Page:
Without Warning TMB F.A.Q.s



What is the TMB (Tuner Muzzle Brake)?

The TMB is the original four-port 45-degree self-timing, directional muzzle brake with an integrated 24-position, adjustable and locking harmonic barrel tuner, that simply threads onto your muzzle like every other self-timing muzzle brake on the market currently (barrel tuner fits over the barrel.


What is a barrel tuner?

A harmonic barrel tuner is a device that manipulates the harmonic frequency that your rifle barrel vibrates at when firing ammunition.
A compact and correctly sized weight (usually around 4oz) is located at the muzzle and when moved in increments of 0.001 of an inch (forward or backwards), manipulates the harmonics of your rifle barrel to correctly line up the upward swing of your rifle barrel’s vibrations with the exact moment your bullet leaves the end of your barrel, resulting in more consistent and precise group sizes despite the speed the bullets are travelling at. Usually resulting in around 50% smaller group sizes.

This can be done by shooting groups and making adjustments on the tuner to find the correct setting for your load and barrel combination. Trial and error.

A harmonic barrel tuner is the only device that can externally change a rifles performance and the barrel to ammunition relationship, without making changes to your ammunition.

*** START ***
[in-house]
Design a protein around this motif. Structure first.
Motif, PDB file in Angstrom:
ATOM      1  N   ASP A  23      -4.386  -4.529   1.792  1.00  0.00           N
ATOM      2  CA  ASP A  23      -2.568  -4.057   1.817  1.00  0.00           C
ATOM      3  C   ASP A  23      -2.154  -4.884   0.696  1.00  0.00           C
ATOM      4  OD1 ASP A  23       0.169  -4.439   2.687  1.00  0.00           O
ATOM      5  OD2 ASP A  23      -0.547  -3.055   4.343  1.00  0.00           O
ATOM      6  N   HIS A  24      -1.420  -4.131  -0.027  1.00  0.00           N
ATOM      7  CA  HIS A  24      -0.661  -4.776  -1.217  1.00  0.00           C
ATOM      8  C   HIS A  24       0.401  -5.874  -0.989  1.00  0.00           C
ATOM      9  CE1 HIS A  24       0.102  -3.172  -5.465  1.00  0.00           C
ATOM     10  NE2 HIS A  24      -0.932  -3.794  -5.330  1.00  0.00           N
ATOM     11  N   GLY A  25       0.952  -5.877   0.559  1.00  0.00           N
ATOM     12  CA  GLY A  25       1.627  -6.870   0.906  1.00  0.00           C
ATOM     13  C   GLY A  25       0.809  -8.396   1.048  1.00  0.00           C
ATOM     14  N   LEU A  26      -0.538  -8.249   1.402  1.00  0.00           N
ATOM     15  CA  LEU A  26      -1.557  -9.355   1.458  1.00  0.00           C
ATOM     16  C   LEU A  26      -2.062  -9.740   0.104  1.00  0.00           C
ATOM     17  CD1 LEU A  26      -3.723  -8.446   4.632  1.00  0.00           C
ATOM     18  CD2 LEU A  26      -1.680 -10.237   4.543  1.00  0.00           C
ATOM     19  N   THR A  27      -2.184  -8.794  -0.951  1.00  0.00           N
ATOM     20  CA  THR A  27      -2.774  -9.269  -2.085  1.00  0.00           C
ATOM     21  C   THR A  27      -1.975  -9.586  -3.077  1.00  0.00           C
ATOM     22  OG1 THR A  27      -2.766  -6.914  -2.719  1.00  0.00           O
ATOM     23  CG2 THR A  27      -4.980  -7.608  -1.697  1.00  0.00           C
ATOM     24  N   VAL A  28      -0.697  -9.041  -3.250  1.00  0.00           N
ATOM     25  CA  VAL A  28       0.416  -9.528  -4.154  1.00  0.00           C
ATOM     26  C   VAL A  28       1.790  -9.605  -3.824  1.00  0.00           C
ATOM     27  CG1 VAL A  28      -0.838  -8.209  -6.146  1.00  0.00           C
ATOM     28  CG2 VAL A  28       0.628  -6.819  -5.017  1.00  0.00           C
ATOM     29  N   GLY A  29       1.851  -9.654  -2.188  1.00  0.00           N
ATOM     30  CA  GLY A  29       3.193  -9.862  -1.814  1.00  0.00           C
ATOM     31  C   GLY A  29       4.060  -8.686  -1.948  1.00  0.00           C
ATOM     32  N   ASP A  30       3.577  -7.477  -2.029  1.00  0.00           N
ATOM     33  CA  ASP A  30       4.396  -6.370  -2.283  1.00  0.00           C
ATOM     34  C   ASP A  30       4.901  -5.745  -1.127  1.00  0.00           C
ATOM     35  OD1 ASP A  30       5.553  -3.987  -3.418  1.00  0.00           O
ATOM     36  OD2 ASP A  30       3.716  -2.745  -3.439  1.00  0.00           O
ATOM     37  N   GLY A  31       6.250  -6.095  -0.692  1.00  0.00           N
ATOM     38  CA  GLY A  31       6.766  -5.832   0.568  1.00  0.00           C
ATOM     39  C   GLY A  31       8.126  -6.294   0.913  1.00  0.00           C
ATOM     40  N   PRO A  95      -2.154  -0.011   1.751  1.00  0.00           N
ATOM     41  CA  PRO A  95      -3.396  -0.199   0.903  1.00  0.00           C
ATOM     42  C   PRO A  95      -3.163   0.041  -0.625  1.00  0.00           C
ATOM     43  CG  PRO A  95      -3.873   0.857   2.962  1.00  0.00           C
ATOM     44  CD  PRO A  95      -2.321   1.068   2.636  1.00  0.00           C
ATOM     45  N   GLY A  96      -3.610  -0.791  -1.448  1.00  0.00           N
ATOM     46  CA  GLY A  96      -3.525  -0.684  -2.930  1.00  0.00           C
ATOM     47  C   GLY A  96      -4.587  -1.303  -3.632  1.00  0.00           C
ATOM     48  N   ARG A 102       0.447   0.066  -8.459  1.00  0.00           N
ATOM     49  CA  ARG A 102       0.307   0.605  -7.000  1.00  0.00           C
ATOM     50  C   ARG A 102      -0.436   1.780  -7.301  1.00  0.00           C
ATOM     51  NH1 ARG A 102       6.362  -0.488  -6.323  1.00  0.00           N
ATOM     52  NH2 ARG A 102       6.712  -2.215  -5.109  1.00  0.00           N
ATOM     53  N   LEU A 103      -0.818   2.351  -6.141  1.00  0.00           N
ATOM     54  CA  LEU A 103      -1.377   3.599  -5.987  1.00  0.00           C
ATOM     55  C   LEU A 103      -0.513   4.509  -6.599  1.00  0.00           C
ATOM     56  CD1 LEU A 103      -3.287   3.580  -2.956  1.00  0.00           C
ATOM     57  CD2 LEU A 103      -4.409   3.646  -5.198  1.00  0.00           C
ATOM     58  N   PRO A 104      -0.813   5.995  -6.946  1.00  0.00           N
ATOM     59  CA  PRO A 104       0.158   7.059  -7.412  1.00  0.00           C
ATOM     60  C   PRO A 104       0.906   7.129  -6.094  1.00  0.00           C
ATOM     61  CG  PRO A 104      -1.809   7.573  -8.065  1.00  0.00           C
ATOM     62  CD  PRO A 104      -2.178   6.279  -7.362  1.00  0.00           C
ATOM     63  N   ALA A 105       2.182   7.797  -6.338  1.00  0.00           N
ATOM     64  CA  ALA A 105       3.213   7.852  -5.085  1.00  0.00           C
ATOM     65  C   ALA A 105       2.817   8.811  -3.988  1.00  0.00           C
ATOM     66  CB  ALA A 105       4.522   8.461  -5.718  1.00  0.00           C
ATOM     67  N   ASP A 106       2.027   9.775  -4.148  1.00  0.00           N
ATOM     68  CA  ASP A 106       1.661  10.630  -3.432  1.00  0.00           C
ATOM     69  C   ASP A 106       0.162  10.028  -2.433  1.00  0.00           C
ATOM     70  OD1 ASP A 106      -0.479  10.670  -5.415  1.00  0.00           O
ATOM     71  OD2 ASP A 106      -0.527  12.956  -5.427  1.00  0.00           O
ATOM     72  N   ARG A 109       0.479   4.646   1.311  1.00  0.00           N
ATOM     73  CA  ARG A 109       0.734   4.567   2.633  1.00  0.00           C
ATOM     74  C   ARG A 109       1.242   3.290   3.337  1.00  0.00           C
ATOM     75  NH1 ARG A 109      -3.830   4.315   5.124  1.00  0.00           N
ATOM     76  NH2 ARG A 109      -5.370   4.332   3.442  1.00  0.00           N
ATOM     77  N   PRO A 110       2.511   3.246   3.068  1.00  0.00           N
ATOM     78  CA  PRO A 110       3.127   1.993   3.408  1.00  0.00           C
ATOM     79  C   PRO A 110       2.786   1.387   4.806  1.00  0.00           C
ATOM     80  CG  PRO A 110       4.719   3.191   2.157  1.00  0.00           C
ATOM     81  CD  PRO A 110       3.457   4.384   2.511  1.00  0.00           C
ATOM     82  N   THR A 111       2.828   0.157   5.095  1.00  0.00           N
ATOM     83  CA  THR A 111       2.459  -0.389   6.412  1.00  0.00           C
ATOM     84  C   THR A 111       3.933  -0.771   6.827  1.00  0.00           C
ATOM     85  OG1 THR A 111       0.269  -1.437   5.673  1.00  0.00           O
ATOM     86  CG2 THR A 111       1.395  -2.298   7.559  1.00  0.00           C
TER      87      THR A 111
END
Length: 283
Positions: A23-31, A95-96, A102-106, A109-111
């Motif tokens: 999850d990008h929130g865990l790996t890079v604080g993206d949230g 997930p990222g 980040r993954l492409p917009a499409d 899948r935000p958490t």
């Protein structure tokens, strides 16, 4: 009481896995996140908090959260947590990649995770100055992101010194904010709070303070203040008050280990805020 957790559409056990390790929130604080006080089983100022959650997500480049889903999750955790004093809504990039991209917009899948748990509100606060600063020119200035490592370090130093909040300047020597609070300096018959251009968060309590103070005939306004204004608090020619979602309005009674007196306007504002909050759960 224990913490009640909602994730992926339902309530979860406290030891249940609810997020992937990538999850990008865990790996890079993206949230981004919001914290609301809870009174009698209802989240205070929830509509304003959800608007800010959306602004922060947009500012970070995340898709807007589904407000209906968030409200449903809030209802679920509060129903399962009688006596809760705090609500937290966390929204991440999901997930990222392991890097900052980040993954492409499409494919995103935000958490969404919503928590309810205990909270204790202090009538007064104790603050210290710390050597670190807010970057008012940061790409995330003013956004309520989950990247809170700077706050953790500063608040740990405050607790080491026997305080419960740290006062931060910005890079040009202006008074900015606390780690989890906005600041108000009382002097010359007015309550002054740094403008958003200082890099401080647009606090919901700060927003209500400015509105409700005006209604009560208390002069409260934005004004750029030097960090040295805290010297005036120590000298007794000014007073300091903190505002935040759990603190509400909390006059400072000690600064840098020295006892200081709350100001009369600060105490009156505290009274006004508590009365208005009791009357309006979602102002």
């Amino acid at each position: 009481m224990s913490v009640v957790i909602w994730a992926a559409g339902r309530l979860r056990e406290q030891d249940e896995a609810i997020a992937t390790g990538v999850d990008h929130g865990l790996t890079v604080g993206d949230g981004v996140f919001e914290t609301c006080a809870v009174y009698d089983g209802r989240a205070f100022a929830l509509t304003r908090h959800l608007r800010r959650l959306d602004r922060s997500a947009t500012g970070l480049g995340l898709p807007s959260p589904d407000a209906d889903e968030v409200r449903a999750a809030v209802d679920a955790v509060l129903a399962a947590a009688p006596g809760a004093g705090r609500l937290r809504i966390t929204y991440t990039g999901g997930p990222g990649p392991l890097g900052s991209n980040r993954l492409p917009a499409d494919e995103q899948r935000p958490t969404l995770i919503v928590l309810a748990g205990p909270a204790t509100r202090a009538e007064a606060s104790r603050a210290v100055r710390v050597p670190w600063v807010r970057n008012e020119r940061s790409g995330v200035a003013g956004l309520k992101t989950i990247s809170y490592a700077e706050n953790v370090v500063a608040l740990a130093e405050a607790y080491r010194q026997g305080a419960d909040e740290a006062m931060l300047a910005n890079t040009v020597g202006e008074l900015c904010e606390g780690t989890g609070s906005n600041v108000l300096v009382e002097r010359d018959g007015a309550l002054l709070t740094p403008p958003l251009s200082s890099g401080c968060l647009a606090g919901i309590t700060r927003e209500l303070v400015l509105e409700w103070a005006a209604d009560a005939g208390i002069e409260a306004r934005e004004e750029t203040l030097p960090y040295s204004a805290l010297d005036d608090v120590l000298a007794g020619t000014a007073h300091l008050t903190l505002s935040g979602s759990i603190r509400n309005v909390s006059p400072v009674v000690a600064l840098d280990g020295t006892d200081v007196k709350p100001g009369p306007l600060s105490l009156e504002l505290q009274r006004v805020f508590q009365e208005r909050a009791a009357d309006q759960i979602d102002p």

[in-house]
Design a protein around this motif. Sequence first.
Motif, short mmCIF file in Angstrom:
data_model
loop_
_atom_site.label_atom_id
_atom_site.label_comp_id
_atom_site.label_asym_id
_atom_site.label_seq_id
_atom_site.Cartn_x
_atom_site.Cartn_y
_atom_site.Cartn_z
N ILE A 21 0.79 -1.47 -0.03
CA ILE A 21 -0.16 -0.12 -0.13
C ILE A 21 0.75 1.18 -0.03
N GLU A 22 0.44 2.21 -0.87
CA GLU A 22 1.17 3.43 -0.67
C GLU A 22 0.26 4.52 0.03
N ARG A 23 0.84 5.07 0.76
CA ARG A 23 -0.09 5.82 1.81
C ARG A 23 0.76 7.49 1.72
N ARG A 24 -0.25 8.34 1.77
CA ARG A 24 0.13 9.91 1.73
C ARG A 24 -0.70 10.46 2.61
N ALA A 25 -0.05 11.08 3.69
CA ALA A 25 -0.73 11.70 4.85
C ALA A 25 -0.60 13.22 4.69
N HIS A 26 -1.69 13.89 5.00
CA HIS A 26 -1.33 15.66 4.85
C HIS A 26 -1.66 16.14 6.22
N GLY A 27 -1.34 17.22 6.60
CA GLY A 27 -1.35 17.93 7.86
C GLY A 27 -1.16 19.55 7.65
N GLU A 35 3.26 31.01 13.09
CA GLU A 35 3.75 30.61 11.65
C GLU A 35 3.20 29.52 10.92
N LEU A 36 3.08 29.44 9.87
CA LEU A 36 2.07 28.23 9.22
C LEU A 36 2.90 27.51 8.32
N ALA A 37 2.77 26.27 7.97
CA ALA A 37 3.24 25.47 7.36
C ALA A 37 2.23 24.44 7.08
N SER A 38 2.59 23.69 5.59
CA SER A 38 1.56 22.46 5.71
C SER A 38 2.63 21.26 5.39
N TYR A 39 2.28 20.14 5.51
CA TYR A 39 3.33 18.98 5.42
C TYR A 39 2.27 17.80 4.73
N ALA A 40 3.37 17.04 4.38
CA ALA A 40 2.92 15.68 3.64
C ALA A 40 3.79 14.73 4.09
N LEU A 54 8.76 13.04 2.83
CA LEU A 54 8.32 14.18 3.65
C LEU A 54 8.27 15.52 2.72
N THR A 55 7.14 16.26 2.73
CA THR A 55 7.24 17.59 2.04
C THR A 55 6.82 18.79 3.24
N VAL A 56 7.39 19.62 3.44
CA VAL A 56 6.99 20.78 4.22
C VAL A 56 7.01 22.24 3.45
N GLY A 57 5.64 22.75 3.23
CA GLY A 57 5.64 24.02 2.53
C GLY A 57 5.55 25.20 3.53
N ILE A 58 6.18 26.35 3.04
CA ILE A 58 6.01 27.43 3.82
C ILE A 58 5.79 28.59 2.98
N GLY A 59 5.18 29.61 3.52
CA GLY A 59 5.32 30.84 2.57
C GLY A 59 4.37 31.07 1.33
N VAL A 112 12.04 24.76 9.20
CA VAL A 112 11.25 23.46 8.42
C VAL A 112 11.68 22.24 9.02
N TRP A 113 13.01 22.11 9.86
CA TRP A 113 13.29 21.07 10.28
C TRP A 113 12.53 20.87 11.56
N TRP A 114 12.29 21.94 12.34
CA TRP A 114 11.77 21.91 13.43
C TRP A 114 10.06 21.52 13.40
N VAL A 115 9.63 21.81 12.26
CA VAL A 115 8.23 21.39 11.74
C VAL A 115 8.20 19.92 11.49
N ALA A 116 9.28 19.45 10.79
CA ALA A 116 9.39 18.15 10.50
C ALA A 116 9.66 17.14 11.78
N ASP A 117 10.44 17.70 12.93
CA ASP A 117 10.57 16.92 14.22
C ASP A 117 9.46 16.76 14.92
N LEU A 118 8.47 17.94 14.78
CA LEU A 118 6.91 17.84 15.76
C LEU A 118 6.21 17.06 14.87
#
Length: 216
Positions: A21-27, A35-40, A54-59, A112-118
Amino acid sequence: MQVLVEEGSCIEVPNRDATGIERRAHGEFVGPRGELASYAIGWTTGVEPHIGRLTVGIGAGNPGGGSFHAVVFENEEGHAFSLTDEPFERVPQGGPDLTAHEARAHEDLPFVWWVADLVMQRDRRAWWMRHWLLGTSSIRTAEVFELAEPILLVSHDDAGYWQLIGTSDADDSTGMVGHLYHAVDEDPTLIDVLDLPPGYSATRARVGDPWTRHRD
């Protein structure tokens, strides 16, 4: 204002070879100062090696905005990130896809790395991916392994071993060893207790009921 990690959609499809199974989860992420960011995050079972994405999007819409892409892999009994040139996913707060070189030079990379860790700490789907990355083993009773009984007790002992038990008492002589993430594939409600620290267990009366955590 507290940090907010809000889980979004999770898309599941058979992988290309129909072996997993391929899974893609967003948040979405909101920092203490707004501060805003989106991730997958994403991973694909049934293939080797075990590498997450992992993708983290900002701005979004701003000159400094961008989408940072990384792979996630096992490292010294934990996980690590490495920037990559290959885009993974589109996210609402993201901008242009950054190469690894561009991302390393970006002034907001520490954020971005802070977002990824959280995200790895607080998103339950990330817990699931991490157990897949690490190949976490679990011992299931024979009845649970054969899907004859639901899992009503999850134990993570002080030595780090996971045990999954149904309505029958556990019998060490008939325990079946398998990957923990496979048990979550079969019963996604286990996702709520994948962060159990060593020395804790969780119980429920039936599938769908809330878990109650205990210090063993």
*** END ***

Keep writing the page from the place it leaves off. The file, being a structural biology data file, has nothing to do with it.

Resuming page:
How do I use the TMB?


Check out the Without Warning video series on the TMB on their YouTube channel. They go into how to tune factory ammo, handholds not meant for your rifle, and how to approach/cover load development using a tuner. They cover many methods, show all results, and are happy to complete new videos or answer any questions you might have.
They also have a detailed guide on how to use a tuner, it details different methods and approaches to using a tuner with load development.

Does the TMB come with the tool to install it or do I need to buy that also?


The generation two TMB comes with the new generation two spline drive tool for installation. It is torque wrench compatible, small and compact and designed to take with you everywhere in your range bag/luggage. The stand-alone wrench they will be offering soon is a very large and robust torque wrench compatible spline tool for the TMB made to stay at home on your work bench for the most comfortable installation and removal experience.


Will the TMB fit my rifle and how do I install it?


The TMB simply threads onto any 5/8×24 2A/3A threaded muzzle like any other self-timing directional muzzle brake. The tuner portion of the muzzle brake fits over the barrel and provided your barrel isn’t thicker than a benchmark barrels VCC contour barrel at the muzzle IE: 1.05 inches or thinner than 0.725 inches then it will fit without modifications.